Architect Henry Goss has completed a rusted steel and timber-clad extension to a house near Cambridge, England, two years after Dezeen published the hyper-realistic renderings that changed his life (+ slideshow).
Goss designed the extension to Lode House for his cousin and her husband, who wanted to reorganise the interior of their home in the village of Lode to make it better suited to family life.
Shortly after finalising the design, Dezeen interviewed the architect about his recently established visualisation studio, for which Lode House was one of the pilot projects. Since then, Goss has become so busy with rendering projects he has almost given up architecture.
"The renders featured on Dezeen were fairly instrumental in gaining initial publicity for my business," he explained. "I am only doing architecture now for friends and family. My main business is architectural visualisation, which since the interview has taken over completely."
The process of designing and building the Lode House extension began in 2011 and continued over several years, as there were no time constraints imposed by the clients. The brief was to work within a tight budget while still achieving an interesting and well-detailed addition to the house.
The main objective was to rationalise the house's ground floor, which had been altered and extended over several decades. Goss sought to create an open kitchen, living and dining area, as well as adapting the functions of some other existing rooms.
"We went to the planners with something super-contemporary and were a bit worried because it's a conservation area with thatched cottages everywhere," Goss told Dezeen. "But they were really enlightened and keen for something to act as an exemplary scheme for contemporary design in an area where you really don't get much contemporary design."
Conceived as a simple box with a flat roof and a full-height glass facade looking onto the garden, the extension is shielded from direct sunlight by an angled canopy that projects beyond its end wall.
In an effort to reduce costs, Goss and his other cousin Edward Rice, who acted as project manager, reused many of the materials from a previous extension that they demolished. They also sourced materials on the back of larger orders for other jobs they were working on concurrently.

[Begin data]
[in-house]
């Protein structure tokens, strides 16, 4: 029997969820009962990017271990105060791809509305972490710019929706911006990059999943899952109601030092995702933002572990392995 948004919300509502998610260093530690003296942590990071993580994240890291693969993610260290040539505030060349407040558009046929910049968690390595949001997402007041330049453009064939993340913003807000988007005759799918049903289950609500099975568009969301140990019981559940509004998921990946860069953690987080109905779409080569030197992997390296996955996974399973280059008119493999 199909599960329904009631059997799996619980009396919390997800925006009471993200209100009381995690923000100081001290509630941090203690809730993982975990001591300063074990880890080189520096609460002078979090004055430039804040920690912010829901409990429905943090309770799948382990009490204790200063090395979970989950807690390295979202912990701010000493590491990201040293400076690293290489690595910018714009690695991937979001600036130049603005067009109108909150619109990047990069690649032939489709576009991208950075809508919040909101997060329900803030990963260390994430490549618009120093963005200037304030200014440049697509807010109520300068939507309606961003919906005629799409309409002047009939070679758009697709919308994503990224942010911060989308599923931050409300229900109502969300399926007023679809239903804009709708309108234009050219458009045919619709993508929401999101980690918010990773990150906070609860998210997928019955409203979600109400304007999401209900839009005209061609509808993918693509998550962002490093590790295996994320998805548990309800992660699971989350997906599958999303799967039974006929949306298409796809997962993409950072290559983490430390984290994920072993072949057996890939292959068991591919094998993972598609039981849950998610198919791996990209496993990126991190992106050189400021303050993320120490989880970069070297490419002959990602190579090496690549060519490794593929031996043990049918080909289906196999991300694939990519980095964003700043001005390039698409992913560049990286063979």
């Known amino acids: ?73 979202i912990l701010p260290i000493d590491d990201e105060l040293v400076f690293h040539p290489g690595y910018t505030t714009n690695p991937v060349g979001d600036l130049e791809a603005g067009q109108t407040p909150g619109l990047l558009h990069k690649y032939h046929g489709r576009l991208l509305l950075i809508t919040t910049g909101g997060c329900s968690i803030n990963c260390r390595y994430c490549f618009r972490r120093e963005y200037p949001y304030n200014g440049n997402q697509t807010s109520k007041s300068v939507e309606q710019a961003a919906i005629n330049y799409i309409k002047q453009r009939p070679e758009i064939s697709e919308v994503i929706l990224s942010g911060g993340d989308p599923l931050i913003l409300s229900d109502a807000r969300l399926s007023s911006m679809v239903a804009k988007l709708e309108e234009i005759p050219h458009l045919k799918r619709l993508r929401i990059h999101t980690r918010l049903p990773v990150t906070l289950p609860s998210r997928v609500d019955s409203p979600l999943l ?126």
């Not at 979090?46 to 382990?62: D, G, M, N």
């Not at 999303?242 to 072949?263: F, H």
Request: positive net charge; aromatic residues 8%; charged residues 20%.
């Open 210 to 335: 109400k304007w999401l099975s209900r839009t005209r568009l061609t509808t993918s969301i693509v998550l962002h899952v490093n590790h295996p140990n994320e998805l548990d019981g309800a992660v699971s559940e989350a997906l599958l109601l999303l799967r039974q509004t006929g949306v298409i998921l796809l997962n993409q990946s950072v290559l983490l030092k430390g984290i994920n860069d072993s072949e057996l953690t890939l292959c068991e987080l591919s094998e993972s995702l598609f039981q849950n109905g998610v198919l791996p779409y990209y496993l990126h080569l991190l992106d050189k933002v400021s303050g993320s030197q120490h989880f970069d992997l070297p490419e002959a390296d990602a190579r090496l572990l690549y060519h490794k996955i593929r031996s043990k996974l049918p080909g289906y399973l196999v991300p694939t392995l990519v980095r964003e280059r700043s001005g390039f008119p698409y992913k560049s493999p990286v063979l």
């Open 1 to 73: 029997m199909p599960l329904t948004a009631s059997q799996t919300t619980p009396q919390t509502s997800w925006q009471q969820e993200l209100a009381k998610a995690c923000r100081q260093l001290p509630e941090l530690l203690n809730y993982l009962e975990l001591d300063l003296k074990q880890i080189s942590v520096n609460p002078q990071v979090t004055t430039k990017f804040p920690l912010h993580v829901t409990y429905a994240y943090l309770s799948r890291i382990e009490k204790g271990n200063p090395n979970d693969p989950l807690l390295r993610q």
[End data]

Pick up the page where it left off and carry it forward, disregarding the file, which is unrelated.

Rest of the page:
These cost savings enabled the team to spend more on key features, including a frameless glazed corner and large sliding doors that open onto a patio.
Weathering-steel cladding was purchased directly from the importer and had to be cut to size, making it much more affordable. Its surface was initially black when it was fitted to the building's exterior, but is gradually taking on a brownish hue as the metal oxidises.
Red cedar offers a warm, textured complement to the steel and creates a natural connection with the garden beyond.
During the course of this project, Goss and his friend Peter Guthrie – who he says taught him everything he knows about visualisation – have combined their offices to form a renderings studio called The Boundary.
According to Goss, the Dezeen articles helped raise the duo's profile within the industry, prompting their decision to forego architecture and instead focus on a less time-consuming and more profitable career in bespoke renderings.
"When people type our names into a search engine or search for photorealistic renderings it's often the Dezeen articles that appear first," Goss explained, "and it helped our credibility massively because people trust Dezeen".
The visualiser said that one of the reasons he prefers working on renderings rather than architecture is the immediacy and artistic freedom it offers – a contrast to the bureaucratic issues and lengthy processes involved in architectural projects.
"For Peter and I, it's just as rewarding as doing our own architecture because we're part of amazing teams and working with amazing people right at the top of the industry," Goss pointed out.
"It's not that we want instant gratification but I'd say that architecture is 90 per cent administration and 10 per cent creativity, whereas with visualisation it's the other way around."
The Boundary currently has five staff working full time in London on projects in Los Angeles, Miami, Tokyo and Nairobi. Goss is planning to move to New York in the spring to establish an office servicing its clients in North America.
Photography is courtesy of The Boundary.